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    Click here to enlarge Originally Posted by Jeffman Click here to enlarge
    I guess we are doing our own study...QUESTION: Has anybody running ethanol/gas fuel mixtures noticed any premature engine wear? E.g., requiring new injectors, engine seals, etc.?I will post this separately. Thanks.
    Guys here have really only been running it a short while...

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    It would be interesting if some guys running e85 mixes do leak down tests every time they change their plugs.

    Every seal or hose touching fuel should be a fluoroelastomer. I wouldn't expect trouble from those parts. It's the valve seats or three way catalysts that I would be worried about if the aforementioned study has any validity. Considering most people running e85 mixes have probably gone sans-catalyst in their down pipes, the valve seats would be the main area of concern to me.

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    I sure hope it isn't a problem. I'm going to be out of warranty soon but I really like the performance boost.

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    since the cars been doing so well on an E85 mix I've stepped up the game use it in my lawn mower now, I cut the grass in half the time! All the neighbors are all jelly of my grass cutting one wheel peeler!

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    Click here to enlarge Originally Posted by Jeffman Click here to enlarge
    I'm trying to figure out whether or not to add even more ethanol to my gas. This study suggests that I shouldn't. What do you think? Any evidence specific to the N54 for or against? Click here to enlarge Thanks.
    http://www.greencarreports.com/news/...ker-study-says
    I didn't read anything besides the caption, however, to my knowledge which is backed up by converting dozens upon dozens of cars to ethanol, the only requirement is to make sure that your pump, lines, regulator and o-rings are all ethanol/alcohol compatible. We have yet to have any failure that is ethanol related, nor have we seen any negative effects on valve train, intake track, cylinder wall, pistons or rings.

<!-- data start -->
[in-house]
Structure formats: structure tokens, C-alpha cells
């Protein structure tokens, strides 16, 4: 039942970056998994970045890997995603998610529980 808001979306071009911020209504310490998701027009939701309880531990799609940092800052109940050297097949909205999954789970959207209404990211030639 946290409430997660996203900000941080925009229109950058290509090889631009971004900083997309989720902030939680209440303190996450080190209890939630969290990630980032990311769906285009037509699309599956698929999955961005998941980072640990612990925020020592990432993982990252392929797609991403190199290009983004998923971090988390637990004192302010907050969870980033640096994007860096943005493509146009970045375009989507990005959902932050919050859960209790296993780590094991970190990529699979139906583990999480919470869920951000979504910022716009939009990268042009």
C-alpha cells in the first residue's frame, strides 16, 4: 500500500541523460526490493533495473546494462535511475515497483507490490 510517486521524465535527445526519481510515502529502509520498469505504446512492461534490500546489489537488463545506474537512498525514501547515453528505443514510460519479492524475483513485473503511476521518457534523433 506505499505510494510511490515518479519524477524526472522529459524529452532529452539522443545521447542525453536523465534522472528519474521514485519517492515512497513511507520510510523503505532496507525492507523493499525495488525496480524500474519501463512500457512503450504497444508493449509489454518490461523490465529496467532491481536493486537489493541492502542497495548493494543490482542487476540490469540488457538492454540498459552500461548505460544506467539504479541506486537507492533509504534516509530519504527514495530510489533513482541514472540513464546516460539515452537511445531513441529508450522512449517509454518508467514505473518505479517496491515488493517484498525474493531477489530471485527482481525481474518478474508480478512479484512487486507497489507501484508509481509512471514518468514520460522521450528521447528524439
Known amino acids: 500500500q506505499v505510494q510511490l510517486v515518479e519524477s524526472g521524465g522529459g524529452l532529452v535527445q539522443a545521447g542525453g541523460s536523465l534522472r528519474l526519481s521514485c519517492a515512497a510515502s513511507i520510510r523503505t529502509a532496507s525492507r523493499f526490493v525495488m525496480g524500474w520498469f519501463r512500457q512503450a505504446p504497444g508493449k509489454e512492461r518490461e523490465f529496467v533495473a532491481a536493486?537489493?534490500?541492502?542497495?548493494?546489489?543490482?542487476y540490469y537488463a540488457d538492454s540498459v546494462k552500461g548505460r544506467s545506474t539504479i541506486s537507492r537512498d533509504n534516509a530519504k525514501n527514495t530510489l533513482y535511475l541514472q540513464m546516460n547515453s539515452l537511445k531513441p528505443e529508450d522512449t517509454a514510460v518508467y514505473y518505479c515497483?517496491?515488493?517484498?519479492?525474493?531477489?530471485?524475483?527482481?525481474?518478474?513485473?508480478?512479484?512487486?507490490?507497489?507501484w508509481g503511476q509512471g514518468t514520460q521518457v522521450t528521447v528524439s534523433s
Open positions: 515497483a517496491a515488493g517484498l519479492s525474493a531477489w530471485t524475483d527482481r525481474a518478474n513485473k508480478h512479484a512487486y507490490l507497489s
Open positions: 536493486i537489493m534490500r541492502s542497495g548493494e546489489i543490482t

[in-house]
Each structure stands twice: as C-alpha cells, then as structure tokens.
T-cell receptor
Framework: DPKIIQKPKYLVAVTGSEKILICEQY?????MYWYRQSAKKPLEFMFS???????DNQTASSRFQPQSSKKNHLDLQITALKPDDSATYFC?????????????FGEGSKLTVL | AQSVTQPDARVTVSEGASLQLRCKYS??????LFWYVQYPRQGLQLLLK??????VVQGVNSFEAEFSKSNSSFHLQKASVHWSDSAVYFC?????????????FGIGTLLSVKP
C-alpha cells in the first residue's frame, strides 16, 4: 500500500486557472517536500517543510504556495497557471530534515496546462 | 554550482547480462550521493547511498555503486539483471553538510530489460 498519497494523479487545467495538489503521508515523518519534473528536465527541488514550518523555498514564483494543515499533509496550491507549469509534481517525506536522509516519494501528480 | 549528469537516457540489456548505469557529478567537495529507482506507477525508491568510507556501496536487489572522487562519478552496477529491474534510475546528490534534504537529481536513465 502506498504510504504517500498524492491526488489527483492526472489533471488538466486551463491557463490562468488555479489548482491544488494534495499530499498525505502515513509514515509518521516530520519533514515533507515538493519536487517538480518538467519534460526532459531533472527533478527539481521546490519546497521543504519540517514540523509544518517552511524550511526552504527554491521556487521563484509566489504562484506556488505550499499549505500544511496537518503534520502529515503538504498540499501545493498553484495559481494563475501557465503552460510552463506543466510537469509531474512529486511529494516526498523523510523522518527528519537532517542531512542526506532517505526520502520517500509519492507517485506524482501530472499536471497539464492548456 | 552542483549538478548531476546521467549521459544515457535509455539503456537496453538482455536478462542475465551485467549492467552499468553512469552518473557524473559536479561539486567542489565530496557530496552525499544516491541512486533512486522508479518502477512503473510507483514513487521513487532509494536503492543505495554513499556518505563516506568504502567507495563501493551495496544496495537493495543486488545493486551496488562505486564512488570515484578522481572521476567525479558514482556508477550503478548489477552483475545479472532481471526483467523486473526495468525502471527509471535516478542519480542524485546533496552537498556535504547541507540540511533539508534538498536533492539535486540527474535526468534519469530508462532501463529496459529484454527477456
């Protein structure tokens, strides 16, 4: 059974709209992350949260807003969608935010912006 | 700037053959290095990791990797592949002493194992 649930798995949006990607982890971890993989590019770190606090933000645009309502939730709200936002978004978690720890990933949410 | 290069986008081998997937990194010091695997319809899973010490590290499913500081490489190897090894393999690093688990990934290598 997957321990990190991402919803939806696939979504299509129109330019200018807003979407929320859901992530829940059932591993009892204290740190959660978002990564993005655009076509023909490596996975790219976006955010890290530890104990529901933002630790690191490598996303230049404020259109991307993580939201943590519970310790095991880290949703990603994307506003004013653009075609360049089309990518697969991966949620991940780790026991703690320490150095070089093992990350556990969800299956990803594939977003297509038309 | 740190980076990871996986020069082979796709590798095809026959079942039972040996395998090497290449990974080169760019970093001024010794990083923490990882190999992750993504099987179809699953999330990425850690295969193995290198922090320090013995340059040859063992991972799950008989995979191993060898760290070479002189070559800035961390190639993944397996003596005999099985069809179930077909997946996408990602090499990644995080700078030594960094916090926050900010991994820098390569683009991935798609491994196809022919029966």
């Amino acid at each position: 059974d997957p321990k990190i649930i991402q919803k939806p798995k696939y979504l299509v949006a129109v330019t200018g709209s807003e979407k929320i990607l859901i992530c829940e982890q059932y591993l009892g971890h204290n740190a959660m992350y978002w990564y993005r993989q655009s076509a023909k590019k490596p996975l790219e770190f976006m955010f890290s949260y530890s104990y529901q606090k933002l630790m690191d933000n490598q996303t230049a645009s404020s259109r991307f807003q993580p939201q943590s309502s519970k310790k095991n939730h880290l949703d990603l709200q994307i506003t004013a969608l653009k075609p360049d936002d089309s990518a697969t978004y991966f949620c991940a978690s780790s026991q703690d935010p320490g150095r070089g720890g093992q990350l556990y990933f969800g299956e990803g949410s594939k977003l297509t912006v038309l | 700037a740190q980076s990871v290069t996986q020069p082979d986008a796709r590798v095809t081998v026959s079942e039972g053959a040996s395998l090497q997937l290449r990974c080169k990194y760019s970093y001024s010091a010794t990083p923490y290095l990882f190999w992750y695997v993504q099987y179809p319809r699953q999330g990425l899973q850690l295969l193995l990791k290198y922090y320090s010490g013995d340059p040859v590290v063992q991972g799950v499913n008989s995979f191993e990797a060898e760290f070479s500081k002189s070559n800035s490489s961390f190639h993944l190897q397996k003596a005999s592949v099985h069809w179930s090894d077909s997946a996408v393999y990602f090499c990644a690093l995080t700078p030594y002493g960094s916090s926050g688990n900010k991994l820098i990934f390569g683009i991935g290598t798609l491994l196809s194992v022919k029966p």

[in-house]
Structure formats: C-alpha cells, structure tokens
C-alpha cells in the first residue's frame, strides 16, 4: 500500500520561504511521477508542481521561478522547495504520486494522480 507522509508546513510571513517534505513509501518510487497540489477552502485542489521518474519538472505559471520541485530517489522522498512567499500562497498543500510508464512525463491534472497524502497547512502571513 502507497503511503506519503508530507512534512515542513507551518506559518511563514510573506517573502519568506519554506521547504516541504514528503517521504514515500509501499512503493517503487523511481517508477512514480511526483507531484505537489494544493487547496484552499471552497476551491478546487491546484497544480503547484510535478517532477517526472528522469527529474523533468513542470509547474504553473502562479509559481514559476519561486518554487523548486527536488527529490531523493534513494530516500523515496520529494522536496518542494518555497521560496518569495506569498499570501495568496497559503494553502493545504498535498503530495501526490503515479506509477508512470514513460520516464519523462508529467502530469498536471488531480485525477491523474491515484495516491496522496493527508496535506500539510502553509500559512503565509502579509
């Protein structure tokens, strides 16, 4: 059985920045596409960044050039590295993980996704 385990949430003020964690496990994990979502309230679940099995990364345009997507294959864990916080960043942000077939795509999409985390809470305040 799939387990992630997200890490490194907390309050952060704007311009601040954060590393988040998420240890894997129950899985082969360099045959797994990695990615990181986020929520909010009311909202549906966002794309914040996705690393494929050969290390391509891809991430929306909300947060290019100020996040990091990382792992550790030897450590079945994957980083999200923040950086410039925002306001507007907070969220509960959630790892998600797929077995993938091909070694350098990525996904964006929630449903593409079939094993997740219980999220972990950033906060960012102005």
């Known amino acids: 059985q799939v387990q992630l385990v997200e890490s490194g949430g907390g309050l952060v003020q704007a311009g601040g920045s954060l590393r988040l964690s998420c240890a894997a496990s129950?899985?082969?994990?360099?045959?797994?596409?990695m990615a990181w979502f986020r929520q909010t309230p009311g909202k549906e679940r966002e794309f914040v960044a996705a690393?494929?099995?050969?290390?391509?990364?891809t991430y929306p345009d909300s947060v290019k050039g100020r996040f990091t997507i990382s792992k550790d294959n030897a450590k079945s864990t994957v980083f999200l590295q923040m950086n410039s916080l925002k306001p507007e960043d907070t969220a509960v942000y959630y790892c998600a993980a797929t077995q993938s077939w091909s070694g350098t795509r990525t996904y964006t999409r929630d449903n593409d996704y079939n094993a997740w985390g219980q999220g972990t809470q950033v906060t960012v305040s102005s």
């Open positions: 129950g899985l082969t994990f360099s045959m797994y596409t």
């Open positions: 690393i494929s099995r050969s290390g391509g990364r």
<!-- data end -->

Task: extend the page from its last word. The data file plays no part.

What we have seen,is on average 200 degree lower EGT's, shiny piston domes and increased life on rings, also lower coolant temps.

    In regards to OEM cars having issues with gasoline being cut with 5-15% ethanol, this is true because fuel trims peg. The reason why they peg, if the car was built before the government mandated ethanol into gasoline, and the vehicle had not been re-flashed for this, the engine will run lean. This could most certainly cause engine failure, however, I have yet to see anything besidesP0171/74 codes indicating lean, mixture with all other engine components intact.

    If you do what you are supposed to do when using ethanol, there will not be any adverse effects.

    People need to refrain from using the terminology PURE E85/70 this is an incorrect statement. There is nothing pure about E85 and if you have an ethanol content sensor and gauge you will quickly learn how off the advertised rating is. Which is a very good reason as to why no car should EVER use ethanol without a sensor.... Your $#@! might blow up!!! ^__^... We have seen swings from E58 in the winter and the best we have seen yet was E80. If I had a customer that wanted every ounce of power and it was tuned for E85 and he went and got fuel that was actually E70, he could essentially kiss his engine goodbye, with an ethanol sensor in place, and a low and high octane timing map in place this will never be an issue with swings as wide as E15-E98.